Guest Commentary: Ruling Gives Wisconsin Police Too Much Leeway to Conduct Searches

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By Amanda Merkwae

In June, the Wisconsin Supreme Court ruled that police have a right to search a person after a traffic stop if they believe the vehicle smells like cannabis, reversing a lower court’s decision that the odor of marijuana cannot be the sole basis on which a search is conducted.

Under the law, police need “probable cause” to search a person’s clothes or body. They must have concrete evidence that leads them to believe the person is probably engaged in some sort of criminal activity. Conducting a search without probable cause is illegal.

In 2022, both a circuit court and an appeals court found that the scent of cannabis alone doesn’t constitute probable cause to search, reasoning in part that the odor of illegal cannabis is indistinguishable from the smell of perfectly legal CBD. But the state Supreme Court declared that it does justify a search. This is bad news for our civil liberties. These searches don’t require a warrant or the gathering of any other evidence of a crime being committed — all police need is to smell what they think is weed.

Allowing police to search someone simply because they believe they smell cannabis is misguided and could lead to wrongful searches and false arrests. As the dissenting justices note, cannabis can smell identical to other legal substances, so it’s impossible to determine with any meaningful certainty whether cannabis is actually present solely on the basis of odor. An officer, using scent as their only guide, cannot possibly differentiate clearly between cannabis and other legal hemp-based products, since they smell exactly the same.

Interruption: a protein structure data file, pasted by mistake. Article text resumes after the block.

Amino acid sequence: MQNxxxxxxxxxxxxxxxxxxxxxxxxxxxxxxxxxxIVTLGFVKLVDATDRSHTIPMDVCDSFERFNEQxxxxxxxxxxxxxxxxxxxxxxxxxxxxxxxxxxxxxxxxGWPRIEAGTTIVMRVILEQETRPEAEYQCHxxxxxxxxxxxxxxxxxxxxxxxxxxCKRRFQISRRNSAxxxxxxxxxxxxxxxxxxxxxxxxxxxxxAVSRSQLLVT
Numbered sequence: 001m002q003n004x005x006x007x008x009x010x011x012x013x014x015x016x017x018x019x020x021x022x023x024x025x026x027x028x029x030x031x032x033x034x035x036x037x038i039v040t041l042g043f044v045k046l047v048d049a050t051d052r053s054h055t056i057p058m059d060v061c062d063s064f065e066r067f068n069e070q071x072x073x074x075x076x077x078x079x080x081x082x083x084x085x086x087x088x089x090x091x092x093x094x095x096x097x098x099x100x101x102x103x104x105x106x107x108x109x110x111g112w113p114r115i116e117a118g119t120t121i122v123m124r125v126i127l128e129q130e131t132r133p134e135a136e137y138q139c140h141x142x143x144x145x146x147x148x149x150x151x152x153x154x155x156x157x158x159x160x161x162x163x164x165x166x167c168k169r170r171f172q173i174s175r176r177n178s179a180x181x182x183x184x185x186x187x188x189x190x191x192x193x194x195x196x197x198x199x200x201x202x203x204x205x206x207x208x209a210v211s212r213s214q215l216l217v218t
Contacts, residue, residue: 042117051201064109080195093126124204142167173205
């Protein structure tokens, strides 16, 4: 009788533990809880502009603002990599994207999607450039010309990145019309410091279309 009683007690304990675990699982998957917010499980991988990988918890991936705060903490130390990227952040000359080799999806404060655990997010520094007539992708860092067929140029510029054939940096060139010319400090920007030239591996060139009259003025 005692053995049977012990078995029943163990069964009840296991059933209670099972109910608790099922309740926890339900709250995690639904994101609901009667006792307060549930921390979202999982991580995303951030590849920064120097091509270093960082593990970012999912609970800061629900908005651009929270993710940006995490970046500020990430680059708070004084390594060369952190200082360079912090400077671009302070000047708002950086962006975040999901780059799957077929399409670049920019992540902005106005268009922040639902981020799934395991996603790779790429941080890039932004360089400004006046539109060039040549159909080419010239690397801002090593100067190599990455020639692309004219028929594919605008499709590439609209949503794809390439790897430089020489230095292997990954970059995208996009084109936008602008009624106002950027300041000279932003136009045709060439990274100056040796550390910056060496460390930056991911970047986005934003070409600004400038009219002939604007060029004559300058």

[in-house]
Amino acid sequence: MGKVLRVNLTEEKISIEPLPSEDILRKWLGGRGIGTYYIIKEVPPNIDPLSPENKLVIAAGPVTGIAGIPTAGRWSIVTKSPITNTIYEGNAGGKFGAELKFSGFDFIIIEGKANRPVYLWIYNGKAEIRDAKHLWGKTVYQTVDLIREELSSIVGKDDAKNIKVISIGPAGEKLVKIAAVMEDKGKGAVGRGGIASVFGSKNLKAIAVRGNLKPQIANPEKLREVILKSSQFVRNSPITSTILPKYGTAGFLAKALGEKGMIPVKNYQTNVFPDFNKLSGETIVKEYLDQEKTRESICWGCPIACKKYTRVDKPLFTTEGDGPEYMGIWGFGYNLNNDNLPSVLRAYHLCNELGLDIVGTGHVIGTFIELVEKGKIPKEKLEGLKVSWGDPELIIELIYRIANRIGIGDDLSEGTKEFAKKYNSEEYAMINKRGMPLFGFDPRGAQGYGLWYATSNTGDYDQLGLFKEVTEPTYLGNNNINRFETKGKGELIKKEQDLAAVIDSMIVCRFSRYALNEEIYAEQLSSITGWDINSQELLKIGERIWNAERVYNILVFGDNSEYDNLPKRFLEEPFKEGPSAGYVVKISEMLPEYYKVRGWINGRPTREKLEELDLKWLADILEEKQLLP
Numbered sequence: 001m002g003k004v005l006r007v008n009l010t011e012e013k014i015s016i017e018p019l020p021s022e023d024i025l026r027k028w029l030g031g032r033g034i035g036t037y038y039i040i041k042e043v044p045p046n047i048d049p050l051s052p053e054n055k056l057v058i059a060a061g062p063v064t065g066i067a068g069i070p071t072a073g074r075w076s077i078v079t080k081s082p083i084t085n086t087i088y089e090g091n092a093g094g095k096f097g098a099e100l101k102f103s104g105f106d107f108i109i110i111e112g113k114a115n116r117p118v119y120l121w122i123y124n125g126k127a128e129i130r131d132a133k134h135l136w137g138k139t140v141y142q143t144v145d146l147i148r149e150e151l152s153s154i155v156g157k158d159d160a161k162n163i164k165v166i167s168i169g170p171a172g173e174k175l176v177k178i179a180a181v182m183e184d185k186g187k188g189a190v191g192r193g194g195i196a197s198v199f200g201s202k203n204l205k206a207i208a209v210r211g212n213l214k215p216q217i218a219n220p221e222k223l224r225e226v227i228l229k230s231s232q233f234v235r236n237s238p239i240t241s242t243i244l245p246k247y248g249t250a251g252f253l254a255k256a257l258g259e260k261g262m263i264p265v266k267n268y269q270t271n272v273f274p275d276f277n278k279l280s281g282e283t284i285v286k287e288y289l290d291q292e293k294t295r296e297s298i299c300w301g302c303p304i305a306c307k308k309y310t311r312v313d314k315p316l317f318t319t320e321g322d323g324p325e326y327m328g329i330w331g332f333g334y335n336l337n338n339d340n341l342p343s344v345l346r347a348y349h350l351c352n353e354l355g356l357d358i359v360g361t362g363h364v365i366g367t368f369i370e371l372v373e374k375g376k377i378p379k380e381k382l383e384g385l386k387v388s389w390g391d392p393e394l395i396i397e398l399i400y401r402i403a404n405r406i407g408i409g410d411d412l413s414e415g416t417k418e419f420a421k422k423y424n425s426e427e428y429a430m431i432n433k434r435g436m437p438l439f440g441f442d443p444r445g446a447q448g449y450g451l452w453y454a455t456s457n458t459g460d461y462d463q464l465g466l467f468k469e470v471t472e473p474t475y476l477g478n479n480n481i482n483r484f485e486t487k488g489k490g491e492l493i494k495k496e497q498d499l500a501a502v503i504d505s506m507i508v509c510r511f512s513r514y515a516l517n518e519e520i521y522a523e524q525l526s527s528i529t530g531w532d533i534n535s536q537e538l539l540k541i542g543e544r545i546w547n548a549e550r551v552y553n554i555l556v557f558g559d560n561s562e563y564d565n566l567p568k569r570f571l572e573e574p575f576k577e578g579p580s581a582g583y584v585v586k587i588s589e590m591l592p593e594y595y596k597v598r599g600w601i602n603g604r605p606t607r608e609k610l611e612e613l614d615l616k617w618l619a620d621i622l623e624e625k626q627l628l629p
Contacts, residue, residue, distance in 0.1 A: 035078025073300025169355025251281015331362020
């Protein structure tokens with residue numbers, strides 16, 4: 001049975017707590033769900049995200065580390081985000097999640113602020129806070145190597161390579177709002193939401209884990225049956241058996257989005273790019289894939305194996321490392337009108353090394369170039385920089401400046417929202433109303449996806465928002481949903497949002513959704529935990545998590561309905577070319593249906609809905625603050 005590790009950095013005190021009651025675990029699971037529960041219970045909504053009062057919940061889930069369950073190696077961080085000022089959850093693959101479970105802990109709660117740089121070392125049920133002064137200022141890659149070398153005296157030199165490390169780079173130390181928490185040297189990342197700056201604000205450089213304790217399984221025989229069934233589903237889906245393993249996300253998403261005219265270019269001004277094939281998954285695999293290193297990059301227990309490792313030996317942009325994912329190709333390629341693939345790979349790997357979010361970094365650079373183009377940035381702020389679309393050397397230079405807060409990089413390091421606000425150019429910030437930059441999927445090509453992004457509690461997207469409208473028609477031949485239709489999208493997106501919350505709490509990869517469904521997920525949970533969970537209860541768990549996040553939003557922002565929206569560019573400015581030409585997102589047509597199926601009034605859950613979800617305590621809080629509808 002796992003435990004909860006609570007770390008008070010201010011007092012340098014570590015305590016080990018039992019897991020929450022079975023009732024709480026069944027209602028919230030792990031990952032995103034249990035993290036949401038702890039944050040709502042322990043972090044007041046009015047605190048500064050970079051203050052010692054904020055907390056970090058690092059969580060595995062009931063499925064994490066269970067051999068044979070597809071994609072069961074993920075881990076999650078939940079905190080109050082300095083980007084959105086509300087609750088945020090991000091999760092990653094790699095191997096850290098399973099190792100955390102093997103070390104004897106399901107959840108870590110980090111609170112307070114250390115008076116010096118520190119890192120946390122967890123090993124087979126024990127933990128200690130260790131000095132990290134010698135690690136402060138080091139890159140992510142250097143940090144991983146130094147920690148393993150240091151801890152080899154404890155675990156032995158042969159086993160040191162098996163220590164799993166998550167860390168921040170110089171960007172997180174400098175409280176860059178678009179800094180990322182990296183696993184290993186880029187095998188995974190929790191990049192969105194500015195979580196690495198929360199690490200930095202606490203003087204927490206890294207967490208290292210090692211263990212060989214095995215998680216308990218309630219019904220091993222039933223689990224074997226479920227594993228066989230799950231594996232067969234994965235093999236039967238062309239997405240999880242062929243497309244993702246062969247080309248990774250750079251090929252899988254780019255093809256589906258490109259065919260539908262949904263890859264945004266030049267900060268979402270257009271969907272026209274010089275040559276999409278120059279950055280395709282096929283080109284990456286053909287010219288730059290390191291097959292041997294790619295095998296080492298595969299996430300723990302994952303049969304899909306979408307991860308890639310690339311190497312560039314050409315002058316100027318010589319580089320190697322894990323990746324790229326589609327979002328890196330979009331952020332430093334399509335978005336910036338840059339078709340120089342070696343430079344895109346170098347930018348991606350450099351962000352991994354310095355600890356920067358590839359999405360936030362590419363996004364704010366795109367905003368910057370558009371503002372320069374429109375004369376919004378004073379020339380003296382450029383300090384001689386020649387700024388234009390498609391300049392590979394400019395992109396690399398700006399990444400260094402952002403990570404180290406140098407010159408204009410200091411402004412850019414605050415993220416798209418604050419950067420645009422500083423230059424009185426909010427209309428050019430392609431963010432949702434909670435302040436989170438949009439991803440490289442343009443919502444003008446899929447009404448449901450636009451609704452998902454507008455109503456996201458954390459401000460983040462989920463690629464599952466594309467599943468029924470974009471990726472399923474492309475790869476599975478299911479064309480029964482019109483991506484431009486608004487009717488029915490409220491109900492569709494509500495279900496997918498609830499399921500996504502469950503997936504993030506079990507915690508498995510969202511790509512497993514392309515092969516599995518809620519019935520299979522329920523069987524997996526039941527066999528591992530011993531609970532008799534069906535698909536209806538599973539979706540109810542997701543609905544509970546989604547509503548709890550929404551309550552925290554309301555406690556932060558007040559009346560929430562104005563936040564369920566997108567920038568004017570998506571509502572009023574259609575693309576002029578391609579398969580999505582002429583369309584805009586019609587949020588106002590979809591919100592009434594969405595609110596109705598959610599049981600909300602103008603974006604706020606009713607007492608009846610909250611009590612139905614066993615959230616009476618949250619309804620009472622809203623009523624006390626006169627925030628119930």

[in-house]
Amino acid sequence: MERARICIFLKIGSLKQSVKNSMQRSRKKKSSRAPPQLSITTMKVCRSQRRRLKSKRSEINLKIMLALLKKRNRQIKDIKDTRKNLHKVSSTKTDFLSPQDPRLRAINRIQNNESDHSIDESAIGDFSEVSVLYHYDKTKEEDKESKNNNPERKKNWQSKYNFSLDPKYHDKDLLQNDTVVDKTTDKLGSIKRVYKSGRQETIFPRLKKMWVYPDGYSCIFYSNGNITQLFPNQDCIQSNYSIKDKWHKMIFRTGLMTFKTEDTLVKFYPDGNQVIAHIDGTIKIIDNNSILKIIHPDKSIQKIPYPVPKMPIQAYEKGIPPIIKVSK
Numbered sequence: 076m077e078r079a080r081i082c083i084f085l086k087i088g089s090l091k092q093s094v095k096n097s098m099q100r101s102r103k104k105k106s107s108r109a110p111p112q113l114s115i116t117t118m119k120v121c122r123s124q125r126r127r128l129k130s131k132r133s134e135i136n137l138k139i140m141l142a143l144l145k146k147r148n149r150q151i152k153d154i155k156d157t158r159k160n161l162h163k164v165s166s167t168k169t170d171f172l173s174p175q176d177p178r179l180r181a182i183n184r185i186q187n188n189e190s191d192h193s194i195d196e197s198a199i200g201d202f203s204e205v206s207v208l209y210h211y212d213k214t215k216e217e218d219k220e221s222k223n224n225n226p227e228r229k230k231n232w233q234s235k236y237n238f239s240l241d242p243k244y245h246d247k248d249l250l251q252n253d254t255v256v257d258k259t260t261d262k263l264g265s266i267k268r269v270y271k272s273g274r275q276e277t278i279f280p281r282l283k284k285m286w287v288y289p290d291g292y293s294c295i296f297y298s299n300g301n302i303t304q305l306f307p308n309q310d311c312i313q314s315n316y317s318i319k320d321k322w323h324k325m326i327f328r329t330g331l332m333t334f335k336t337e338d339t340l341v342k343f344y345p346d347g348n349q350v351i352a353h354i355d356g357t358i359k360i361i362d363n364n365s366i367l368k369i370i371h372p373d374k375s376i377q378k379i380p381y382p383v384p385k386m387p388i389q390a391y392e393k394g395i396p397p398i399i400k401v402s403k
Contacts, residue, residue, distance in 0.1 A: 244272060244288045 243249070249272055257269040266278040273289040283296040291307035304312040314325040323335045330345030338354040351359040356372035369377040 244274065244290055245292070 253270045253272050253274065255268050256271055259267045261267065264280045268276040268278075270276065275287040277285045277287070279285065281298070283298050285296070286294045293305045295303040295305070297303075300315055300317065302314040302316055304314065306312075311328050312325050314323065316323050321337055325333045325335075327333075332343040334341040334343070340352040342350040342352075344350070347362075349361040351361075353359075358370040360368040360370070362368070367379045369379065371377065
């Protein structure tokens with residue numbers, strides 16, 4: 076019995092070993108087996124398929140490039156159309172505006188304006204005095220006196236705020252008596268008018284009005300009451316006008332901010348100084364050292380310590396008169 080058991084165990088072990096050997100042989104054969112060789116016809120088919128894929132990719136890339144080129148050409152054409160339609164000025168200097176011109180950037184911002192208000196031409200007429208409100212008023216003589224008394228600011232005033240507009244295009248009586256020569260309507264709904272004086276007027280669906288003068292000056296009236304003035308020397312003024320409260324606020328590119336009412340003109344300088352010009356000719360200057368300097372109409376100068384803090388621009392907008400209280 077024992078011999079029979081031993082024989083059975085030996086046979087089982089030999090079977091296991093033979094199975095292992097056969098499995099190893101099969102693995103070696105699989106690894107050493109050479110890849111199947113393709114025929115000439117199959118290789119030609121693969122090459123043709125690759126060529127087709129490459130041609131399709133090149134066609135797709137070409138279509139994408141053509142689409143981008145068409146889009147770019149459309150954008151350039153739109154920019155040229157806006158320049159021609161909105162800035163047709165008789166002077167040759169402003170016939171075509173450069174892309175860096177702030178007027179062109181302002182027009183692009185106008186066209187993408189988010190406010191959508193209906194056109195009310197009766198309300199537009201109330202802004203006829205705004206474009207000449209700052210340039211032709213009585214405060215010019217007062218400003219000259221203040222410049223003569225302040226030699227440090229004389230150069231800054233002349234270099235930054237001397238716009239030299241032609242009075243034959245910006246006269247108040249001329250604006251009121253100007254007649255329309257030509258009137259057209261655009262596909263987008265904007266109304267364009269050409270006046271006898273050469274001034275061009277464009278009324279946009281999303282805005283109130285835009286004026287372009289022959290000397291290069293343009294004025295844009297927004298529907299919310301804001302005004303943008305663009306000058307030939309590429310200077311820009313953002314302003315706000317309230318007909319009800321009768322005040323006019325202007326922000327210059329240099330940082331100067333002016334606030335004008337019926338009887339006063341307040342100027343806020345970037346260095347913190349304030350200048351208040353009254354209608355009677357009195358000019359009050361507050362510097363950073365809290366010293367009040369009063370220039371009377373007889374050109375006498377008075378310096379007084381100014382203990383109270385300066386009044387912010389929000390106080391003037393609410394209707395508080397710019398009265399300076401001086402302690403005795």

Another dangerous aspect of the plain smell test, as it’s been called, is that it’s unverifiable. There is no way to prove whether an officer truly smelled cannabis or not, and there is no reliable way to authenticate or challenge that assertion. This means police could use the smell of cannabis as a pretext to conduct searches, lawful or not, knowing that their justifications cannot be scrutinized. We have seen this result in inappropriate searches already, and it is partly why the Wisconsin Supreme Court’s affirmation of this doctrine is so concerning.

Anyone who cares about racial justice must also recognize the racially disparate way in which searches are conducted. Black and Latinx drivers are far more likely to be searched than white motorists, even though contraband is found at comparable rates. We also know Black people in Milwaukee are far more likely to be stopped and frisked by police, while Black Wisconsinites are four times as likely to be arrested for cannabis possession compared to a white person. Given what we know about how laws are enforced in Wisconsin and across the United States, we can reasonably expect Black and Brown people to be disproportionately targeted by these searches.

A search should never rest solely on the smell of cannabis. It leaves too much room for mistakes, wrongful searches, police misconduct and racially biased law enforcement. Wisconsin should do as several other states have done and change the law to prevent citizens from being searched exclusively because their car smells like cannabis.

Amanda Merkwae is the Advocacy Director of the Wisconsin ACLU.  This piece was originally published in The Capital Times on July 1.

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Disclaimer: the views expressed by guest writers are strictly those of the author and may not reflect the views of the Vanguard, its editor, or its editorial board.

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